Applying a Convolution Matrix filter

The sample source code provides the definition for the ConvolutionFilter targeting the class. method is invoked when implementing . The definition of the ConvolutionFilter as follows:

 private static Bitmap ConvolutionFilter(Bitmap sourceBitmap,  
                                     double[,] filterMatrix,  
                                          double factor = 1,  
                                               int bias = 0,  
                                     bool grayscale = false )  
{ 
     BitmapData sourceData = sourceBitmap.LockBits(new Rectangle (0, 0, 
                              sourceBitmap.Width, sourceBitmap.Height), 
                                                ImageLockMode.ReadOnly,  
                                          PixelFormat.Format32bppArgb); 

byte[] pixelBuffer = new byte[sourceData.Stride * sourceData.Height]; byte[] resultBuffer = new byte[sourceData.Stride * sourceData.Height];
Marshal.Copy(sourceData.Scan0, pixelBuffer, 0, pixelBuffer.Length); sourceBitmap.UnlockBits(sourceData);
if (grayscale == true) { float rgb = 0;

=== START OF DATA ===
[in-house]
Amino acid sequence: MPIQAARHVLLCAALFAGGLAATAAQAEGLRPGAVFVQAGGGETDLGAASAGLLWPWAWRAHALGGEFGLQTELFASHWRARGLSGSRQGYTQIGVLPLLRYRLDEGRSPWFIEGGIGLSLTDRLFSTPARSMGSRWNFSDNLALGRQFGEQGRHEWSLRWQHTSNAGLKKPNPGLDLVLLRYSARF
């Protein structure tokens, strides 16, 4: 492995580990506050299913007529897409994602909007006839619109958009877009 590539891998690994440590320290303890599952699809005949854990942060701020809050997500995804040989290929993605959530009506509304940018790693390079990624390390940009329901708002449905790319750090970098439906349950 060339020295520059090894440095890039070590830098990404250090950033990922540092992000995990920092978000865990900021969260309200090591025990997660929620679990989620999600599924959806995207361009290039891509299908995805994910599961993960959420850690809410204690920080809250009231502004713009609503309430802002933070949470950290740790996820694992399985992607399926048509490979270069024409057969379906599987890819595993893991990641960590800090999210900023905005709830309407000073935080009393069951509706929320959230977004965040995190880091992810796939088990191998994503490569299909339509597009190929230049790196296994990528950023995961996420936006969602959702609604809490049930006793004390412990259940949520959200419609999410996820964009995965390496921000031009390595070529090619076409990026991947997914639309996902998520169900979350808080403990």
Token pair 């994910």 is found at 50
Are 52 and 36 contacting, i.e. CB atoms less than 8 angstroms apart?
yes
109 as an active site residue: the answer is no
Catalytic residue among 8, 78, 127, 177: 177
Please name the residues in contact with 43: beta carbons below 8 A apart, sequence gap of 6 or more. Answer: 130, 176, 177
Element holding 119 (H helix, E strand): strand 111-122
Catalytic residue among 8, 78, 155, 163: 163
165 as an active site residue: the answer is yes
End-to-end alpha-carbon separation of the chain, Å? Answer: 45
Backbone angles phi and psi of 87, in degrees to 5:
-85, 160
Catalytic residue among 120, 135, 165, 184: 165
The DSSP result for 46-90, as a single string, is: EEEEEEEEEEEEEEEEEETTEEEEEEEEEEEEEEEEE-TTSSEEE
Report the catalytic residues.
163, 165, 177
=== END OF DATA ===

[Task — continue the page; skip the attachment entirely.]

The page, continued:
for (int k = 0; k < pixelBuffer.Length; k += 4) { rgb = pixelBuffer[k] * 0.11f; rgb += pixelBuffer[k + 1] * 0.59f; rgb += pixelBuffer[k + 2] * 0.3f;
pixelBuffer[k] = (byte )rgb; pixelBuffer[k + 1] = pixelBuffer[k]; pixelBuffer[k + 2] = pixelBuffer[k]; pixelBuffer[k + 3] = 255; } }
double blue = 0.0; double green = 0.0; double red = 0.0;
int filterWidth = filterMatrix.GetLength(1); int filterHeight = filterMatrix.GetLength(0);
int filterOffset = (filterWidth-1) / 2; int calcOffset = 0;
int byteOffset = 0;
for (int offsetY = filterOffset; offsetY < sourceBitmap.Height - filterOffset; offsetY++) { for (int offsetX = filterOffset; offsetX < sourceBitmap.Width - filterOffset; offsetX++) { blue = 0; green = 0; red = 0;
byteOffset = offsetY * sourceData.Stride + offsetX * 4;